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pp. 190-212

Having discussed the role of the guilds during the 1870s, let us now turn to some of the more informal vehicles for collective action in urban areas. The 12 percent of Egyptians who lived in large towns and cities structured their society in many ways. Informally, they gathered as a crowd on certain occasions. ...

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Eight: Repression and Censorship

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pp. 213-233

The modern autocratic state’s ability to repress dissent and control forms of public discourse constitutes an important deterrent to successful political mobilization. Despotic regimes with little or no legitimacy can survive for decades, providing the public fears their control over armed force or their ability to call on a patron state to provide that force. ...

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Nine: Social and Cultural Origins of the Revolution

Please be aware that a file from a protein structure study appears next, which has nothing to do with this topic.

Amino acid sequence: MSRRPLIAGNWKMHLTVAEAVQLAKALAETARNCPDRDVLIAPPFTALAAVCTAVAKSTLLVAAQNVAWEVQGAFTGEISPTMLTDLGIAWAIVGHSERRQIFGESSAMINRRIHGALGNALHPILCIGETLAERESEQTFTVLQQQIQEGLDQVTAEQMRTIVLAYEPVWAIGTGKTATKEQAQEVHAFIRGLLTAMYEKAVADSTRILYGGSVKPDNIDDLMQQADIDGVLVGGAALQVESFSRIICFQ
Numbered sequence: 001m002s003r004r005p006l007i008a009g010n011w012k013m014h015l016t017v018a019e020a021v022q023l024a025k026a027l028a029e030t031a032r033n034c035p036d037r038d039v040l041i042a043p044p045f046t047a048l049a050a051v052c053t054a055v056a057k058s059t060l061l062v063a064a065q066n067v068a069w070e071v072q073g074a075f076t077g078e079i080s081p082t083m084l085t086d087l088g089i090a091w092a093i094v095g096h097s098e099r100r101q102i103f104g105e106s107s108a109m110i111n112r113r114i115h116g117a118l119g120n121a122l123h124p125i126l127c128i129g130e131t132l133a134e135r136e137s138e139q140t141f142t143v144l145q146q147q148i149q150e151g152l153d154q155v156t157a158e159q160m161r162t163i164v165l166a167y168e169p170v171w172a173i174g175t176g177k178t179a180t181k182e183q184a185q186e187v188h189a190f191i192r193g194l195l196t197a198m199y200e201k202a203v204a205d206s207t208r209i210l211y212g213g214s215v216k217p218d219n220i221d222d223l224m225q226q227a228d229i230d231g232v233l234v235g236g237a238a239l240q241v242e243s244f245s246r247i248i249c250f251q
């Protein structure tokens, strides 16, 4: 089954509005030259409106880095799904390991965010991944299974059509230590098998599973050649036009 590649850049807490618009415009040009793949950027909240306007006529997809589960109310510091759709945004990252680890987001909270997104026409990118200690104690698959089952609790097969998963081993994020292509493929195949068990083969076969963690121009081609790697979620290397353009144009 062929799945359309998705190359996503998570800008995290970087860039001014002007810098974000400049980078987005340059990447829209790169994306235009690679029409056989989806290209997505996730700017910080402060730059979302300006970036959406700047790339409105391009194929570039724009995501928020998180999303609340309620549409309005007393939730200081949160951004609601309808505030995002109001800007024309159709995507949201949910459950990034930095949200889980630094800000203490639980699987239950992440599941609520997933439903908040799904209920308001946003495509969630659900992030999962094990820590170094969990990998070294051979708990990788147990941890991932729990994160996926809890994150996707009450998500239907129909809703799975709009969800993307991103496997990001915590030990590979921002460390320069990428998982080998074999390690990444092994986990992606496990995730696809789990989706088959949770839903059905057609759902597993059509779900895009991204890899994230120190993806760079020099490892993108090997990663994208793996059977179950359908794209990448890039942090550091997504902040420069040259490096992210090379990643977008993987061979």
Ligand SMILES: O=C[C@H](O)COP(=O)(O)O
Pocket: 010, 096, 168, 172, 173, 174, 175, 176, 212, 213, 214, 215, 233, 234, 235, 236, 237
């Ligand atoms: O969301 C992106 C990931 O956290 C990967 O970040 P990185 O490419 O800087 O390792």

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pp. 234-272

Revolutions, as a form of turbulence, entail an untidy conjuncture of several types of collective action, carried on in an often uncoordinated manner by different social groups. Western historians of the revolution of 1881–82 have tended to focus on officers and high officials, relegating to relative insignificance other social actors. ...

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Conclusion

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pp. 273-290

This book has focused mainly on structure, organization, and ideology so far, in analyzing the manner in which segments of a troika of social strata formed a vague alliance against Egypt’s dual elite of Ottoman-Egyptians and Europeans. ...

Notes

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pp. 291-320

Select Bibliography

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pp. 321-334

Index

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pp. 335-341